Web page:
The nation’s capital might be 10,000km away from Mount Everest but Canberra law student Jackson Bursill (above) is preparing to scale the world’s highest mountain this weekend . . . well, kind of.
Bursill is organising and competing in the NEVEREST Challenge at Mount Ainslie across March 31 and April 1, where teams and individuals will ascend the equivalent of Everest’s 8848m — that’s 53 repetitions of the Mount Ainslie walking track, tallying 106km in total — to raise money for Nepalese communities ravaged by earthquakes.
How do you even begin to prepare your body for that kind of punishment? Jackson has the answers.
Build a base of endurance
The first step is simple, Bursill says. “There’s no substitute for mileage. The endurance base is built up using long runs and other aerobic activity performed over a long time with low intensity. For a vertical hiking challenge like NEVEREST, some of the best training I’ve found is to load my backpack up with a bit of extra weight and do hill reps for at least three hours.”
If you’re a beginner, though, don’t go rushing to lug backpacks full of bricks just yet. “If I was getting into training for the first time I’d definitely want to take it slowly and not go too big in the first few weeks, slowly work up to it over time. It’s about working out what your body can handle and what works for you.”
Strengthen mental resilience
Psychological hurdles are easy to jump over if your drive is coming from the right place, according to Jackson. “Helping the victims of the Nepal Earthquake, was a big driver in me completing the 9000 vertical metre challenge for the first time in 2015,” explain Bursill, who’s travelling to Nepal next month with sponsor Kathmandu to see the results of his fundraising efforts. “When I first completed the challenge there were many times in the final hours of the it where I wanted to stop, I was falling over and was seeing things in the forest but we’d backed ourselves in with the fundraising and I knew I was either going to finish or be carried out.”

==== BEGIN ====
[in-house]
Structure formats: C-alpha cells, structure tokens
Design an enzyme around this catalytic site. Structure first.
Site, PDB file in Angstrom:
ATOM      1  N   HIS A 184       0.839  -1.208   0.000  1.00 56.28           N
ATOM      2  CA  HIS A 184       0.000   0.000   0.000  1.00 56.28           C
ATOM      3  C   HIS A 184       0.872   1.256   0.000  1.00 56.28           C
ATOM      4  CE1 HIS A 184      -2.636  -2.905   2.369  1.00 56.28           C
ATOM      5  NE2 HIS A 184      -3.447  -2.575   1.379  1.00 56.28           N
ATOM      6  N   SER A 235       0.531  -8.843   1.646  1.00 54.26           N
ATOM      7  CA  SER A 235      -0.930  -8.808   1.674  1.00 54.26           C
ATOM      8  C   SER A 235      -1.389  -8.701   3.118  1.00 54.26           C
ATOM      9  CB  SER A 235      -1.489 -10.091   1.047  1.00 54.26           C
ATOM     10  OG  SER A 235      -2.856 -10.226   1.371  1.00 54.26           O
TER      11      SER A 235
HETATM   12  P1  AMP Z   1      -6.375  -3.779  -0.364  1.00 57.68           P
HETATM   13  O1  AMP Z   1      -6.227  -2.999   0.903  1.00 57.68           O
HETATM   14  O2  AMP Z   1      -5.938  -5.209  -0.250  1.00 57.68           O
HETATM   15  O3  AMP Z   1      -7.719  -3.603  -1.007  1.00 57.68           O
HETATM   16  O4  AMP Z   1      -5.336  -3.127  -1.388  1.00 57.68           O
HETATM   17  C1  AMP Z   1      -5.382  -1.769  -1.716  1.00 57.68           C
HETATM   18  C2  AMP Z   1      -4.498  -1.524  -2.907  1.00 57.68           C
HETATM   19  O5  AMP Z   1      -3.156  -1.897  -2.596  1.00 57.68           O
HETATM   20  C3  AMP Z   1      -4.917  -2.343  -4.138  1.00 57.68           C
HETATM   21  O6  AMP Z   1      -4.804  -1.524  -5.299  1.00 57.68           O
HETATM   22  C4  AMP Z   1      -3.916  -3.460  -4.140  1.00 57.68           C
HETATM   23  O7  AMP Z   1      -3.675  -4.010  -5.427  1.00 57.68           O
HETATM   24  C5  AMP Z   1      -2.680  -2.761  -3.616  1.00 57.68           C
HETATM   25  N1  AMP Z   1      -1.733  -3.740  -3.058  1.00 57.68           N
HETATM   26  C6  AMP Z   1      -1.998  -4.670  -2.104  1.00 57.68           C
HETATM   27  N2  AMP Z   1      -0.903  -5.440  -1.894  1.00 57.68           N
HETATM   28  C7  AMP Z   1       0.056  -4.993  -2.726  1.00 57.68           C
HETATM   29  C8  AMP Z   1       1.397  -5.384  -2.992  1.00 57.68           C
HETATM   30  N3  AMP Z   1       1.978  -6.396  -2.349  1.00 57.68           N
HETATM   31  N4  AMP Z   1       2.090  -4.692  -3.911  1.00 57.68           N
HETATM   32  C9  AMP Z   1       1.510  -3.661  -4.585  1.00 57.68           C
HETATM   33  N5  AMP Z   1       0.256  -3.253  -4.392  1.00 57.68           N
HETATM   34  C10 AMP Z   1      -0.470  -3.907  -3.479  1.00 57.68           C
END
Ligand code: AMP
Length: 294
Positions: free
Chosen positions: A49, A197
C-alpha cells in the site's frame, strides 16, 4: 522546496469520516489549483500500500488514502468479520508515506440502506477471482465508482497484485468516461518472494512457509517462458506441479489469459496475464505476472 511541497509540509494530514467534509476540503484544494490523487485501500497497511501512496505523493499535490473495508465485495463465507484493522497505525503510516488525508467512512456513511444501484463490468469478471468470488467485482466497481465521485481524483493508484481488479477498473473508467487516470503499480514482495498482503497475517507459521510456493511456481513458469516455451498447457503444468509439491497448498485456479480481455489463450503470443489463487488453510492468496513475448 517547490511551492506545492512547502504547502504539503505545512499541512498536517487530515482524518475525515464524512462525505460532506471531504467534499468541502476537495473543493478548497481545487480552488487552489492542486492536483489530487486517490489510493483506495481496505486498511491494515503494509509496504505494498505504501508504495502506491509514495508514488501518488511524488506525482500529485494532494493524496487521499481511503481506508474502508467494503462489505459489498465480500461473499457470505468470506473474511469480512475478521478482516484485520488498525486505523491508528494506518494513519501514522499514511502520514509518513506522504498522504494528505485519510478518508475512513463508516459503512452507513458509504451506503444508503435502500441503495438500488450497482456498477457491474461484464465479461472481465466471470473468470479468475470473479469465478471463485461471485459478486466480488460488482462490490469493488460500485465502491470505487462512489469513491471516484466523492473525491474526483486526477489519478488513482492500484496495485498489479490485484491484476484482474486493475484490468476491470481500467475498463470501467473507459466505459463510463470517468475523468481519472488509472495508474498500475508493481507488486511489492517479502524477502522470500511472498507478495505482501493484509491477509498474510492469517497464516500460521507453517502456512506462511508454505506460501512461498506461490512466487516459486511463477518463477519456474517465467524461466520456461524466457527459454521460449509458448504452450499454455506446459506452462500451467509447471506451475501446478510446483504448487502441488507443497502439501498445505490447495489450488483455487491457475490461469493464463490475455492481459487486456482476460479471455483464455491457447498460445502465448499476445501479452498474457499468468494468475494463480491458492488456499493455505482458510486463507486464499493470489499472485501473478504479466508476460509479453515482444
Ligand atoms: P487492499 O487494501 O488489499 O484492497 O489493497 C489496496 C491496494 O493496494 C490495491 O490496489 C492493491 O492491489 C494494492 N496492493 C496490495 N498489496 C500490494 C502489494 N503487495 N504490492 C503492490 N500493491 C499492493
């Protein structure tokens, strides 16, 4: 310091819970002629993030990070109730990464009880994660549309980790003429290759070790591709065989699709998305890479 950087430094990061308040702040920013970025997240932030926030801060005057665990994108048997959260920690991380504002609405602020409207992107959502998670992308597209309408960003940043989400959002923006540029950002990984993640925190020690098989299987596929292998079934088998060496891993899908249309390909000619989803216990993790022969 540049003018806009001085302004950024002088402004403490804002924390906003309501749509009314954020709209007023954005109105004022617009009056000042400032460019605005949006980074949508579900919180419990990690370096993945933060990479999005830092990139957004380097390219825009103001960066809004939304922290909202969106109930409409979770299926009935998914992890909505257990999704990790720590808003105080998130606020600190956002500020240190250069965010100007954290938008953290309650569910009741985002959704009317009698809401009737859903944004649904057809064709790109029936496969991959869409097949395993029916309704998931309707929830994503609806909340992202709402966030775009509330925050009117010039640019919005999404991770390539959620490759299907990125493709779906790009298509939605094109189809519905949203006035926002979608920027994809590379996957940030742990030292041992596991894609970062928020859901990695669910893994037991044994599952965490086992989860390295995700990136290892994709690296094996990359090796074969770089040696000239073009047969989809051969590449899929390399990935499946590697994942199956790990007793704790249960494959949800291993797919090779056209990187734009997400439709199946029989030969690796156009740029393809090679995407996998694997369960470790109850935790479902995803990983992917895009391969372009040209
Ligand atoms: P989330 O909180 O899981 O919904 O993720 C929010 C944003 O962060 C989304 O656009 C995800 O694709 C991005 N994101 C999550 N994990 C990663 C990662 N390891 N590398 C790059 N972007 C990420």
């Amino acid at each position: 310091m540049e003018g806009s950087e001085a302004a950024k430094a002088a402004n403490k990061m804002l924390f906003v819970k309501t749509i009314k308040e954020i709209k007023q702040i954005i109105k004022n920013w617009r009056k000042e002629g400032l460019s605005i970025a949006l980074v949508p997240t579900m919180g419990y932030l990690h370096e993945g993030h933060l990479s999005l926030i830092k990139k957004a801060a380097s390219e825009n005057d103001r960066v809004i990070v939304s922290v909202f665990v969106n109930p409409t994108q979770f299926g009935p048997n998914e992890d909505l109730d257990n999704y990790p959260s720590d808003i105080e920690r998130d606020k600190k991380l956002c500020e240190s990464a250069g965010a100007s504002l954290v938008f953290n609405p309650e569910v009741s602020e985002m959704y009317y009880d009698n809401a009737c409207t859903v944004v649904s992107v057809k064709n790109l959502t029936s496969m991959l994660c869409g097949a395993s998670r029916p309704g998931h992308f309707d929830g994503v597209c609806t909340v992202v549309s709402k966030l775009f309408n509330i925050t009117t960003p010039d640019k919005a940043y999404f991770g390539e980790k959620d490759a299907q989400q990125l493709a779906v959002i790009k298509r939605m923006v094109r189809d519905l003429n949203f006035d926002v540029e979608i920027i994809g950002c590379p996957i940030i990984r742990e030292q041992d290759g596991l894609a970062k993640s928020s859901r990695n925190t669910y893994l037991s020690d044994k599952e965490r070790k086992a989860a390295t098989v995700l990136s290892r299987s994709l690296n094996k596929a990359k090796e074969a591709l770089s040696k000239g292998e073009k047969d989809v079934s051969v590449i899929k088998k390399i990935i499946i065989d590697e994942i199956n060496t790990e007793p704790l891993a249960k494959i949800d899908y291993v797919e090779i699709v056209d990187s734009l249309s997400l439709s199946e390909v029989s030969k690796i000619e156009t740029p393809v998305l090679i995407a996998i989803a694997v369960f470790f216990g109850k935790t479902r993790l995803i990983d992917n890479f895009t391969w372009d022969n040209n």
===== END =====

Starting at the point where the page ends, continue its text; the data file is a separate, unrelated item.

Have a rest
Bursill says his training routine — just one rest day per week — is common, but it’s important to know the difference between soreness and a potential injury. “A general or global soreness, particularly one that sets in a day or two after an intensity session, is a sign that your muscles are recovering and you can probably keep training. When the pain is more acute particularly if it’s in one of the tendons, joints or ligaments, then it’s best to be conservative in any decision to keep training through the pain.”
Fuel your body
Jackson insists nutrition as the single biggest challenge endurance athletes face, but you only need to look at the variety of advice doled out by the world’s best ultra-runners to see that it’s an individual choice. “Some people can eat more than others and some can’t handle solid foods and have to stick to the energy dense gels and liquids,” he explains. “But it’s clear that hydration, particularly electrolytes, plays a crucial role in absorbing energy and many athletes have moved towards drinking a low sugar electrolyte mix instead of water for the entire duration of endurance events. This seems to set the stomach up to be able to take on food and other energy more efficiently.”
The event itself
How do you keep your mind focused after pounding the pavement for 106km and almost 9,000 vertical metres? “Since the challenge is very repetitive, it’s important to make conversation with your team-mates and other people doing the challenge,” Bursill says. “It helps to set a schedule for each lap, look at how long it takes to up and down and try to keep the same time and not slow down too much throughout the event. It’s also really important to be strict on your breaks, set a time limit and stick to it.”
There are also events in Sydney and Melbourne as Jackson strives to raise $100,000 for Nepal. For more info, visit at the NEVEREST website at projectneverest.com